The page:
A Little More Memoir Encouragement

It was my great pleasure to discuss memoir writing in an recent interview with writer, teacher, writer coach, and friend Joan Raymond. Joan features an interview with an author each week on her YouTube Channel and covers all genres and aspects of writing.

For many years I have conducted memoir writing workshops and classes, and those who know me outside of those events have heard me say, “That’s a great story. You need to write that down.” They often smile and nod–or get a nervous look on their faces. Sometimes they say, “Some day.” Sometimes they say, “Nobody wants to read my stories. I’ve just had an ordinary life.”

Well, folks, I’m here to tell you no life is “ordinary.” We all have our trials to deal with and overcome and our triumphs to celebrate. Writing some of those shines a light that allows others who read our stories to get to know us better or to share in our memories. How many of us wish we had asked our parents about their lives while they were still around?

Writing our stories also provides us with a life review and validation. It brings back long-ago experiences and allows us to marvel at what we’ve accomplished and/or to be amazed we survived.

No matter what or how we write them, our stories will be precious to our families and future generations who may not have the privilege of getting to know us any other way. Our stories leave a legacy that can be passed down.

For a little more encouragement, and some memoir writing tips and secrets, check out Joan Raymond’s YouTube Channel to see my interview with her. And if you feel even the tiniest inkling of desire to write one story, get started! Your family will thank you.

~ xoA ~


Seeing with New Eyes

Photo by cottonbro on

(Revise:   re = again, anew; vise = to see)

Story Arc

Having worked with your story adding, cutting, rewriting, choosing specific vocabulary, you now have a good sense of the story’s arc, its sense of movement. A beginning, a middle, and an ending will be evident. The characters will have evolved—learned, grown, or changed in some way.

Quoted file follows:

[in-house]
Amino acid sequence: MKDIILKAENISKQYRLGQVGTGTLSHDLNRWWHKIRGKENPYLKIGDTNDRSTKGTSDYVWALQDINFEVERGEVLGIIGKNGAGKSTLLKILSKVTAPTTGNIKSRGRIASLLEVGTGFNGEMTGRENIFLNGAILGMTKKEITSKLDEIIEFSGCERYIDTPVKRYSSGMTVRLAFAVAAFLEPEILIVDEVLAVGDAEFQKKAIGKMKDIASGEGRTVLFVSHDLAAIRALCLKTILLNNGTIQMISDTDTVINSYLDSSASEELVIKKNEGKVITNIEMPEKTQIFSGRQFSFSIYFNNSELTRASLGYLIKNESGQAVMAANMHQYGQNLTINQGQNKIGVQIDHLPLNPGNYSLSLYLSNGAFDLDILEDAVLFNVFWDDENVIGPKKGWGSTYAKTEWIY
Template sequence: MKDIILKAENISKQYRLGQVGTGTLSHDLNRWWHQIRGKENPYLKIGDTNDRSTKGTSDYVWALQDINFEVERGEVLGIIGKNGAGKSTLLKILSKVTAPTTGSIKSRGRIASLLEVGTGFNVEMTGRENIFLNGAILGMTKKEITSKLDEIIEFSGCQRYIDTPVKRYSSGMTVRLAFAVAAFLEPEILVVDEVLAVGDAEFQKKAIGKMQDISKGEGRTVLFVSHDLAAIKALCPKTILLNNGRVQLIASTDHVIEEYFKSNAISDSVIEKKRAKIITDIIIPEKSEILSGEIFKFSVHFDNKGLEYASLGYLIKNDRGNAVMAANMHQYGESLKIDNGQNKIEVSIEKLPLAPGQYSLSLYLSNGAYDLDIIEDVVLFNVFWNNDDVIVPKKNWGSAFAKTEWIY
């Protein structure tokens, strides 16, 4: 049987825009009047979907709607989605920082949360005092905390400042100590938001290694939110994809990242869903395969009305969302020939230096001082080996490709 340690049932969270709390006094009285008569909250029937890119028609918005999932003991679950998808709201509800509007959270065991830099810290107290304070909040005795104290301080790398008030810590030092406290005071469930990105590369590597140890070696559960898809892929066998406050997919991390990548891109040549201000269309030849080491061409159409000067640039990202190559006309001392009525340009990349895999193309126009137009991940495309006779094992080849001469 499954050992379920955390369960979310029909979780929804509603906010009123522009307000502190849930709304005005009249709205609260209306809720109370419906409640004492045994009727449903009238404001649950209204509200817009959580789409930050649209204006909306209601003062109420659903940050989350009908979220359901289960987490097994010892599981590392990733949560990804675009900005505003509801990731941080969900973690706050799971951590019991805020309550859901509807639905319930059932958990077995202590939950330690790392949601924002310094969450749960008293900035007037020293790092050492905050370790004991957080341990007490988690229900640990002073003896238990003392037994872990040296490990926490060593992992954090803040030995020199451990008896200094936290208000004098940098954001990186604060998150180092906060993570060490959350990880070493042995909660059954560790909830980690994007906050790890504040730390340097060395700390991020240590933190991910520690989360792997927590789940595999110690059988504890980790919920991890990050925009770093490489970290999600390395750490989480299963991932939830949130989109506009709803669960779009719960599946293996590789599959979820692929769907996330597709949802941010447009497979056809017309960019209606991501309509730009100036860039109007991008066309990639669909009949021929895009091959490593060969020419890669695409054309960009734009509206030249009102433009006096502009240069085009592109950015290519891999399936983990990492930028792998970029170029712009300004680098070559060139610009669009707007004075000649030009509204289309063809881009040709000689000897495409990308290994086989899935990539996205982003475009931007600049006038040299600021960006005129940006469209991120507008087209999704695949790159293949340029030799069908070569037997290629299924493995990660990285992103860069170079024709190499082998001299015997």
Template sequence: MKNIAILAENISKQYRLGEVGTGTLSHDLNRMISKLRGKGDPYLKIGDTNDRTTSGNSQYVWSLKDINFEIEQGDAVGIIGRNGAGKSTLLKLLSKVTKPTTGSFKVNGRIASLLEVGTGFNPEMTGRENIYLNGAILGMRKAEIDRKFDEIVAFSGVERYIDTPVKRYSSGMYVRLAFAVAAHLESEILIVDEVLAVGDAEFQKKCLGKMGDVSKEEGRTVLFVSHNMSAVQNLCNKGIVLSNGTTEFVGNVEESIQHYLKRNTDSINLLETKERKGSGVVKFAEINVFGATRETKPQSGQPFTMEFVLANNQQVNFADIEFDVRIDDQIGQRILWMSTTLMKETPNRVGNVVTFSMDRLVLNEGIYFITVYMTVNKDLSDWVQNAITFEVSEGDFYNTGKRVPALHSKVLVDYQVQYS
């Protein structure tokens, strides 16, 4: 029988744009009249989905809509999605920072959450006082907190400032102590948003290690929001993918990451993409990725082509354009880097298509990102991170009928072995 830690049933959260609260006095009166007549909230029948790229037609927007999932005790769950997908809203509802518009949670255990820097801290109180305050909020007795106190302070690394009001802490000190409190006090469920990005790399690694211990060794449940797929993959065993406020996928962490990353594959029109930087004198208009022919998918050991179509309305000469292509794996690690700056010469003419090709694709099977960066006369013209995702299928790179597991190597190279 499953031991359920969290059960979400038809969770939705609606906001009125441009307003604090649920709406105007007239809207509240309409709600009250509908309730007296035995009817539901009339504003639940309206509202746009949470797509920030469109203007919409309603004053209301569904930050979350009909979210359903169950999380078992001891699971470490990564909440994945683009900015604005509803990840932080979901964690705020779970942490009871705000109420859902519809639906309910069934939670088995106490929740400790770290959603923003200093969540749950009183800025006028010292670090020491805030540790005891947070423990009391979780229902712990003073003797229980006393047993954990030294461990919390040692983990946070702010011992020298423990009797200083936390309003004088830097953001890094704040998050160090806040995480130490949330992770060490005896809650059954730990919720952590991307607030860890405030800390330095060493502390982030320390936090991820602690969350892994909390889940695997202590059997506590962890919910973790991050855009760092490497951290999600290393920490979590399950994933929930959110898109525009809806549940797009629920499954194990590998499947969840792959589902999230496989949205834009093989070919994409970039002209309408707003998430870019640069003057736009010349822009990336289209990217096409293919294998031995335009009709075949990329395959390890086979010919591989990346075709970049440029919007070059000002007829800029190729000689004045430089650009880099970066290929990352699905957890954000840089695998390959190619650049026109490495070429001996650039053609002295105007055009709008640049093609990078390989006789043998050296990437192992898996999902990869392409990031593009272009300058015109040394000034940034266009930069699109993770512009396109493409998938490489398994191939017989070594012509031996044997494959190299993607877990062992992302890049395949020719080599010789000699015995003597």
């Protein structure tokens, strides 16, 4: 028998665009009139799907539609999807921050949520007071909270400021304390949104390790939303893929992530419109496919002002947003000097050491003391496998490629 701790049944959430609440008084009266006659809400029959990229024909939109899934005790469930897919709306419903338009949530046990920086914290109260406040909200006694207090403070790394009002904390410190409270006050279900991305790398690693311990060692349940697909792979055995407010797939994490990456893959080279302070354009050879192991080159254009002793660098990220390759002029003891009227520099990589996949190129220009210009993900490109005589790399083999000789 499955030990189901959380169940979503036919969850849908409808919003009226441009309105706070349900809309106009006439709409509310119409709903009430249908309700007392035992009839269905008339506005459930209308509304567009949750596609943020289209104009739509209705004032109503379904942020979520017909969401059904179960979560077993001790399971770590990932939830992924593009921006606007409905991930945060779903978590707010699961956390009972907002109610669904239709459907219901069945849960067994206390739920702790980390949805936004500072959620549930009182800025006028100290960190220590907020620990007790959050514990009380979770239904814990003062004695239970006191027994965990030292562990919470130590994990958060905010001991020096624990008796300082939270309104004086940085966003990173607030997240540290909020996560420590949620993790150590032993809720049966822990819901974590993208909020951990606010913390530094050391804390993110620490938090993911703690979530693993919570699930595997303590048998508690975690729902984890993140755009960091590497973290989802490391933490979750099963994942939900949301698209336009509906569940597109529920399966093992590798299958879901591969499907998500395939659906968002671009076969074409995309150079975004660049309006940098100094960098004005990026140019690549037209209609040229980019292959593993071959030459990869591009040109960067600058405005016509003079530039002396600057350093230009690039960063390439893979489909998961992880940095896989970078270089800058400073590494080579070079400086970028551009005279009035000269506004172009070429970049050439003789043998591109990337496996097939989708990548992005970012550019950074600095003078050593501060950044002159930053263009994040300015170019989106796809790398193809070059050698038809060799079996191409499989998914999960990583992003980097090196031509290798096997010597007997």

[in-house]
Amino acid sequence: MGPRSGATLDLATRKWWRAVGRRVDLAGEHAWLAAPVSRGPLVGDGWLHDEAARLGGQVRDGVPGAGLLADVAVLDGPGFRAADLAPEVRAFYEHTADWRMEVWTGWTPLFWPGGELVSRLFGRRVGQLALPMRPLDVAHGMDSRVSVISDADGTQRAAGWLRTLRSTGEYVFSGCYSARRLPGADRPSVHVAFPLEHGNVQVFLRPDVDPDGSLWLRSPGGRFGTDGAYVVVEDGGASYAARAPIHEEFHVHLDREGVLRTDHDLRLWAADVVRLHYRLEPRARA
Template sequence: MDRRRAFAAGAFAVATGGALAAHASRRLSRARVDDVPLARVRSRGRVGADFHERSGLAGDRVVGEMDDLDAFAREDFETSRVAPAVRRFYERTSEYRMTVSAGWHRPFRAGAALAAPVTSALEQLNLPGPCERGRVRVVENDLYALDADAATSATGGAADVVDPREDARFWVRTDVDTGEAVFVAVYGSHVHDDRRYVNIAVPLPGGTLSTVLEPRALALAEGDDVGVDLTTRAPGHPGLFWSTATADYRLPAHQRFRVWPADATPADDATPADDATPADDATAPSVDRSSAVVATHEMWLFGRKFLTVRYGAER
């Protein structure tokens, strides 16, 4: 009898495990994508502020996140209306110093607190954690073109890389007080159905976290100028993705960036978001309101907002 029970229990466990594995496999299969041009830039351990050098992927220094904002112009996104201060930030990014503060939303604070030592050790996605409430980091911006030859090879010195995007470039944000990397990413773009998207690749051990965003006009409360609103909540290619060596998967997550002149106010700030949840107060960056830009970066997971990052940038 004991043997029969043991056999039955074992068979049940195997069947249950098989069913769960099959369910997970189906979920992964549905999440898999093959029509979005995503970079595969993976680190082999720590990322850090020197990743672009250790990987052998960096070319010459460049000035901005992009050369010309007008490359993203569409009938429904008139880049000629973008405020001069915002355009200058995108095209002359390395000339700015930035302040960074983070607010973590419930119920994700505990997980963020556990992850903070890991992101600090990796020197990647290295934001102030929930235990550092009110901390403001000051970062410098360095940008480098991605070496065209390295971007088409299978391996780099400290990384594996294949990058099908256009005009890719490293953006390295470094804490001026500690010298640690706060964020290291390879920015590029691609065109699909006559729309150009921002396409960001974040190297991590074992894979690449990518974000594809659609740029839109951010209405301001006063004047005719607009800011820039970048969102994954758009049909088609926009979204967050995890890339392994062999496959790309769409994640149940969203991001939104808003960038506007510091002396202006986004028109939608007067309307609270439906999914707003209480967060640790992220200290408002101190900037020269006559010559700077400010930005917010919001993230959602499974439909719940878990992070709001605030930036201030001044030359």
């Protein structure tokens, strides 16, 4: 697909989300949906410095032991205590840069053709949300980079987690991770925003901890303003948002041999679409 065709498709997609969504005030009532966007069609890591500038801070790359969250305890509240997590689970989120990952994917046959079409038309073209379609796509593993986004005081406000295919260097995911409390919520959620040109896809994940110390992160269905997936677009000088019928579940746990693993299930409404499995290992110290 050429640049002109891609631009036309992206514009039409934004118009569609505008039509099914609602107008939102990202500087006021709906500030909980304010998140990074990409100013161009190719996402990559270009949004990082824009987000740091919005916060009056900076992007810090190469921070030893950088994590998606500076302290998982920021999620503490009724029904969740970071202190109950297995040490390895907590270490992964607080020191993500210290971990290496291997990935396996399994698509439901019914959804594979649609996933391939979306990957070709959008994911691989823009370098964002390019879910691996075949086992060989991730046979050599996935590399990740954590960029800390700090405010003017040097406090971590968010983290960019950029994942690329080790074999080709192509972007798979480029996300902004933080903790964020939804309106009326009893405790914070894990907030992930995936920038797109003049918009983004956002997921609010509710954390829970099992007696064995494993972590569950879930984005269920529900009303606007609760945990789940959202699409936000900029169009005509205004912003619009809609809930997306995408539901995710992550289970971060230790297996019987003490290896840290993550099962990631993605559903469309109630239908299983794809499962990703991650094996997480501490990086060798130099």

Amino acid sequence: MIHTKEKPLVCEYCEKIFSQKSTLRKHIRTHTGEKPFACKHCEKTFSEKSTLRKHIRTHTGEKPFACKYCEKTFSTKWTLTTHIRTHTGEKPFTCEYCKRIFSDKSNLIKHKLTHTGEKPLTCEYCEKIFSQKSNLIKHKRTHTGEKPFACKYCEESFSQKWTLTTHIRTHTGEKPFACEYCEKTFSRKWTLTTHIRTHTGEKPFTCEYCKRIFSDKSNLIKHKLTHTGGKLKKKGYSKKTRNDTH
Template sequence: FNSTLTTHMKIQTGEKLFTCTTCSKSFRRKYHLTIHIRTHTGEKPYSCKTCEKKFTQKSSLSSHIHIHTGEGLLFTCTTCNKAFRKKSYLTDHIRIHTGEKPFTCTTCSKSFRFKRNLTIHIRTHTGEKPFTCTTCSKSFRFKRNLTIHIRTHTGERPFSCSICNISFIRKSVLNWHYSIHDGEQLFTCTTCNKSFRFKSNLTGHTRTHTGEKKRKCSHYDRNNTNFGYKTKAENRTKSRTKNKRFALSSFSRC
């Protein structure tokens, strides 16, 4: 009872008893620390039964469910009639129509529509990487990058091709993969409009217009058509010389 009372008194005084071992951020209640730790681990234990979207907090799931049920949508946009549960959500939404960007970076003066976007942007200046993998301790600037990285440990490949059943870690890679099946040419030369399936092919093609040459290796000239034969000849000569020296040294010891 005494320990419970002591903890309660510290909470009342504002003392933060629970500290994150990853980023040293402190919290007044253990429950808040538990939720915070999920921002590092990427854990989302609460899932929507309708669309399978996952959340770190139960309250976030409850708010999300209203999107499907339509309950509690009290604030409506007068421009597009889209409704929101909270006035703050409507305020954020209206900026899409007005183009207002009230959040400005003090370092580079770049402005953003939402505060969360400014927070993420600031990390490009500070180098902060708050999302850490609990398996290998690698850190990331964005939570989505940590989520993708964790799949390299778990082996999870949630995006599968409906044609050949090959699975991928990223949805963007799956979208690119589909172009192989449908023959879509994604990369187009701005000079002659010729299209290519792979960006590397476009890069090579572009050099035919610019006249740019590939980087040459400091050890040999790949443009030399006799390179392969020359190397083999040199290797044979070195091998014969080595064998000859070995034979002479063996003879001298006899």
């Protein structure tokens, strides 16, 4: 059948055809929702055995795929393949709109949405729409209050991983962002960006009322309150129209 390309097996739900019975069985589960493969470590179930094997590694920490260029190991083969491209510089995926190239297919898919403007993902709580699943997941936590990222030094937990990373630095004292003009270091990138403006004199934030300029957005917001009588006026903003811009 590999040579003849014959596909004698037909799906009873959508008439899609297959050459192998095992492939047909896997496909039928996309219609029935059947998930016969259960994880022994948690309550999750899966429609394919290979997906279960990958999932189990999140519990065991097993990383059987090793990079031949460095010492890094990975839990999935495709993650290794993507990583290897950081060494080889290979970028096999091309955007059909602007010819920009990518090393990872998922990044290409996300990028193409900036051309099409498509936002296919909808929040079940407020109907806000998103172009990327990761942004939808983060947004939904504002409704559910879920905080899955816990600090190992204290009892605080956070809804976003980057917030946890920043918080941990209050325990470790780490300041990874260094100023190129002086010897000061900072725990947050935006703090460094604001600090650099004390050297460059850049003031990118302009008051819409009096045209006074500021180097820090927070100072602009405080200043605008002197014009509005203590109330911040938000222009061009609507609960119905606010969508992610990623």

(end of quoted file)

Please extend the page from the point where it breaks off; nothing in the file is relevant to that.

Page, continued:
Check back with the three-sentence summary you wrote earlier. Does it still fit? Or does it fit better? Or does the summary need to change?

Use Other Senses

Allow your ears to help with revision. Read your story aloud or let your computer read it to you. Record yourself reading it or enlist someone else to read it aloud to you.  Listen for the rhythm of sentences and paragraphs. Notice places where you or the reader stumble or stop and later see how you might smooth out those places. It might be a word change or a sentence reorganization that helps. Hear discrepancies or places where the action shifts in a way that doesn’t fit.

Manipulating by hand can be helpful when revising. I like to print my story using a large font with extra space between paragraphs. Next, I cut the story into paragraph pieces and rearrange them. I find the act of physically moving the paragraphs around and reordering easier to see than trying to figure out rearrangement of large chunks of writing using the computer’s cut/paste feature. Then I can cut and paste the paragraphs into the new order.

Additional Helpful Options

Writer and teacher Julia Green recommends several other revision tactics. I’ve tried most of these:

  • Put it in the drawer. Give the piece time to settle and yourself time to step back from the work to see it more clearly. It’s been 18 years since I wrote that first version of “Mom’s Story.” You don’t need to wait that long, but a couple of weeks might work to provide enough distance.
  • Get feedback from folks you trust. And not necessarily writers; it’s good to know how your intended audience reads the piece.